The daily life of a brother or sister within the Fellowship’s communities is a balance of personal reflection and group communion. Our day begins upon waking, with prayer and contemplation in preparation for the activities of the day. This is a time for self-reflection, where a brother or sister may ponder their dreams from the past night, reflect on those aspects of the personality or behavior that separate them from others, and the steps they will take throughout the day to break down those barriers in their work with others.
The Agape – or communal meal – is central to community life. Brothers and sisters meet twice daily for group meals. One or more brothers or sisters prepare and serve the meal, which is accompanied by group prayer, readings, and discussions. This is the most important time for group sharing, feedback, instruction, and planning activities. It’s at the communal table that we discuss the results of our studies, share ideas, work through interpersonal issues, and come to a greater understanding of ourselves, the world, and the divine.
As a basis of study and meditation, the library is a central point of our vocational life.
A portion of each day is spent in study. In their quest for truth, each brother and sister makes an effort to acquire knowledge of God’s creation through religious texts, history and scholarly research, philosophy, psychology, science, and current events. All aspects of knowledge are connected, and a wide-ranging course of study illuminates one’s understanding of scripture, the self, humanity, and God.
The knowledge and insights gained through personal study are only useful in a community if they are put into practice and shared. Whether in group discussion, lectures, or writing, a brother or sister benefits all through living and sharing what they learn.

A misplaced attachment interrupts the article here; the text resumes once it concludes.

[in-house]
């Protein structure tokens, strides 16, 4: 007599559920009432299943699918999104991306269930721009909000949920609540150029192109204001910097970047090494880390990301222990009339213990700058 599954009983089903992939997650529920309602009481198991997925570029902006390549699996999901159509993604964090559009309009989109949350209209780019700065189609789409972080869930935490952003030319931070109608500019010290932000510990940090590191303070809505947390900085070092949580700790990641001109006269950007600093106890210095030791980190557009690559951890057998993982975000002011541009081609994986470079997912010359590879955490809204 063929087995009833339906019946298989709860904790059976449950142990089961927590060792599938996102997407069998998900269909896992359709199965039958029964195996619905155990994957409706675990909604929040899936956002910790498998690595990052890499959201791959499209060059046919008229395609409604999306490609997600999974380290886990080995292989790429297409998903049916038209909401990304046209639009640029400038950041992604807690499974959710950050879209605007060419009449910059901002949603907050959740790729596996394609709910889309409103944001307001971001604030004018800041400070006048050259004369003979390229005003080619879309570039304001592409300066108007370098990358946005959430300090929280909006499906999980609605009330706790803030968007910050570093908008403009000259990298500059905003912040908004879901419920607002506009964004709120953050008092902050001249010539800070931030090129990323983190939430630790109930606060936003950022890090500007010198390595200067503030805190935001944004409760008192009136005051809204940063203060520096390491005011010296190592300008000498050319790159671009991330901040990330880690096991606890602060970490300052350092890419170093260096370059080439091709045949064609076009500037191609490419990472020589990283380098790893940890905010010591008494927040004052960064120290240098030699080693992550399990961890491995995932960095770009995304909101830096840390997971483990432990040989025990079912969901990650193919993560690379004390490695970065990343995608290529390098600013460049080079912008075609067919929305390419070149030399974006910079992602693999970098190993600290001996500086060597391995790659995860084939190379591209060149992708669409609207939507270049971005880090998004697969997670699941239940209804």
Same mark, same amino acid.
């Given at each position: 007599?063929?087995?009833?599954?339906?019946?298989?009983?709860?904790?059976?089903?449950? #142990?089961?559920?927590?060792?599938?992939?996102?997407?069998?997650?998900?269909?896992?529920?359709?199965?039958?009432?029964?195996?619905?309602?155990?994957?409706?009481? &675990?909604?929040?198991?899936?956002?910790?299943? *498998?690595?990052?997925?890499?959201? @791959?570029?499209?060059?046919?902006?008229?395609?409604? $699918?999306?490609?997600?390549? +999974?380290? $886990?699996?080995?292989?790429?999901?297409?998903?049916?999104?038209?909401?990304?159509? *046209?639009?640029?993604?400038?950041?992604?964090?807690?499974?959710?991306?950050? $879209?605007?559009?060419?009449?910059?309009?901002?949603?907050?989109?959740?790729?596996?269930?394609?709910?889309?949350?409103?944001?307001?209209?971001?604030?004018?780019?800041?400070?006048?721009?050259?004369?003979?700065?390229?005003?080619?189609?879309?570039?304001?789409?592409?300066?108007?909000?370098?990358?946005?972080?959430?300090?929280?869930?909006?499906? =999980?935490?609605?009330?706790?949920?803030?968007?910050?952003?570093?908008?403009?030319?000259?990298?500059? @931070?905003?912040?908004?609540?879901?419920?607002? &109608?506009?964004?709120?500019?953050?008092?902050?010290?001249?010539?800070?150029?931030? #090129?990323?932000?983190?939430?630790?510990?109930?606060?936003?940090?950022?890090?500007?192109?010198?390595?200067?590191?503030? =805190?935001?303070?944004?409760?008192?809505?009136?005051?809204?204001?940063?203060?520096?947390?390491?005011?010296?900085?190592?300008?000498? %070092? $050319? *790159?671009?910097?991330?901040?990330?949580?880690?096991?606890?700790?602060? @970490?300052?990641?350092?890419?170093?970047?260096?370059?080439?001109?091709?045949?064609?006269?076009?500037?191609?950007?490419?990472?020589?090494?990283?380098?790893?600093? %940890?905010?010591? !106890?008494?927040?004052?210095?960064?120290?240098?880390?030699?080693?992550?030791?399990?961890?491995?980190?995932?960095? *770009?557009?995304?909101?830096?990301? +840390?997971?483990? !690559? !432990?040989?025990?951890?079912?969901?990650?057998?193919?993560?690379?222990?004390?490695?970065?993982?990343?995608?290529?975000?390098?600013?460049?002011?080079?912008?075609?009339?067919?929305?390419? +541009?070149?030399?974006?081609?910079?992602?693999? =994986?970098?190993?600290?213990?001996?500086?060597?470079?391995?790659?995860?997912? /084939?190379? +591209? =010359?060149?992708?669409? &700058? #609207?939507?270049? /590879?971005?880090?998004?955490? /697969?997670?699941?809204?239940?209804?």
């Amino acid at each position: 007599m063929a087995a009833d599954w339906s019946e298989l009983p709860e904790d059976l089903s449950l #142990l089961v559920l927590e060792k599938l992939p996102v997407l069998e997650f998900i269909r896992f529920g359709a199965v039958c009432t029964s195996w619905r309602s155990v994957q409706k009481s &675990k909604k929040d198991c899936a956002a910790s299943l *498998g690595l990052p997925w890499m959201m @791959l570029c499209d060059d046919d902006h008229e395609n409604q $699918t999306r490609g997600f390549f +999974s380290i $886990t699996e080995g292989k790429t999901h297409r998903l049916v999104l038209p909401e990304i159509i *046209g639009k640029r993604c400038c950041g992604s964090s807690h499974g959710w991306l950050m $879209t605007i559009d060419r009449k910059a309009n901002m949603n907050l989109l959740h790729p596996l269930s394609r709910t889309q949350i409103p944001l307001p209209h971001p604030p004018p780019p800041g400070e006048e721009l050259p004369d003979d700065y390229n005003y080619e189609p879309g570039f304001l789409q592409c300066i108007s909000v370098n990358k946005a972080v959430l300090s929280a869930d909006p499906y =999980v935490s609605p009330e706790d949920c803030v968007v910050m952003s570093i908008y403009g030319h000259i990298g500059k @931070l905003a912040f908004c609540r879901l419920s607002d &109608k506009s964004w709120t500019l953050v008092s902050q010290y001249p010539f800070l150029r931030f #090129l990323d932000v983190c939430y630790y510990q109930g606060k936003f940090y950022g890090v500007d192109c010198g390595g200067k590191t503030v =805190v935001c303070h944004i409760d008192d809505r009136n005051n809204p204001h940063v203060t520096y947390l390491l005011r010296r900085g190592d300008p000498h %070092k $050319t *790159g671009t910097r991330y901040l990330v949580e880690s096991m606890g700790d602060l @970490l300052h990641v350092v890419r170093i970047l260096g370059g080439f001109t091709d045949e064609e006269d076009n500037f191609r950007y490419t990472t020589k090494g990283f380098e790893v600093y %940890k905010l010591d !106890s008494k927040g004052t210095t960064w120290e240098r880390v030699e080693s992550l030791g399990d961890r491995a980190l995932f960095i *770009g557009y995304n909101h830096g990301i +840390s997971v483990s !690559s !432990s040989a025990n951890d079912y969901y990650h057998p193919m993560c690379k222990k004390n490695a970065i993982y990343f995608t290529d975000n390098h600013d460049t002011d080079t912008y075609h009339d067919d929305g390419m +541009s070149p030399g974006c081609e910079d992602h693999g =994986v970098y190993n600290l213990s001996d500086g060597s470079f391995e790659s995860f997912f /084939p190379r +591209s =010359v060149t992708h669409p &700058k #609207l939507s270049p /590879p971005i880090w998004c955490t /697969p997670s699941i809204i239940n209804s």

There is no free lunch. Each brother and sister of the Fellowship maintains a work ethic that includes manual labor. This not only brings us into solidarity with all those who must work for a living; it teaches important skills, self-sufficiency, self-sacrifice, and humility. Through this, we do our creative duty for the divine cosmos, as the Divine can only work through the hands of its creation. Among the activities in which we engage are carpentry, ‘paleo’ cooking and baking, sewing, knitting, embroidery, soap-making, gardening, and any other kind of activity that calls for balance between body, mind, heart, and spirit.
The state of environment reflects the state of our inner being, and living in a healthy and clean environment promotes the spiritual quest. As such, we strive to maintain and develop our facilities and their grounds.
Singing together brings us closer to each other, and to God. Weekly music services and choir practice bring all our voices into one.
The Fellowship’s brothers and sisters organize regular meetings for members outside the community, where they hold group lectures and discussions on Paleochristian life and what they have learned in the community, engage in group activities, and foster a general spirit of brotherhood. Guests of all nationalities, backgrounds and beliefs are welcome.
Just as one individual in isolation is not a community, a Fellowship community is not a true community without its connections with the wider body of the world, and other Paleochristian communities in the body of Christ. To develop this wider network of community interaction, brothers and sisters engage in local volunteer work and maintain connections with Paleochristians worldwide. When possible, brothers and sisters may visit other Paleochristian communities to further share and learn, and to strengthen existing community bonds.
Along with community and vocational activities, the Fellowship also publishes books and maintains ongoing discussions in its founding forum online. Lectures by the founder are also published in video online.
For more information about our community’s vocational life, see: How To Become A Brother Or Sister Of The Fellowship.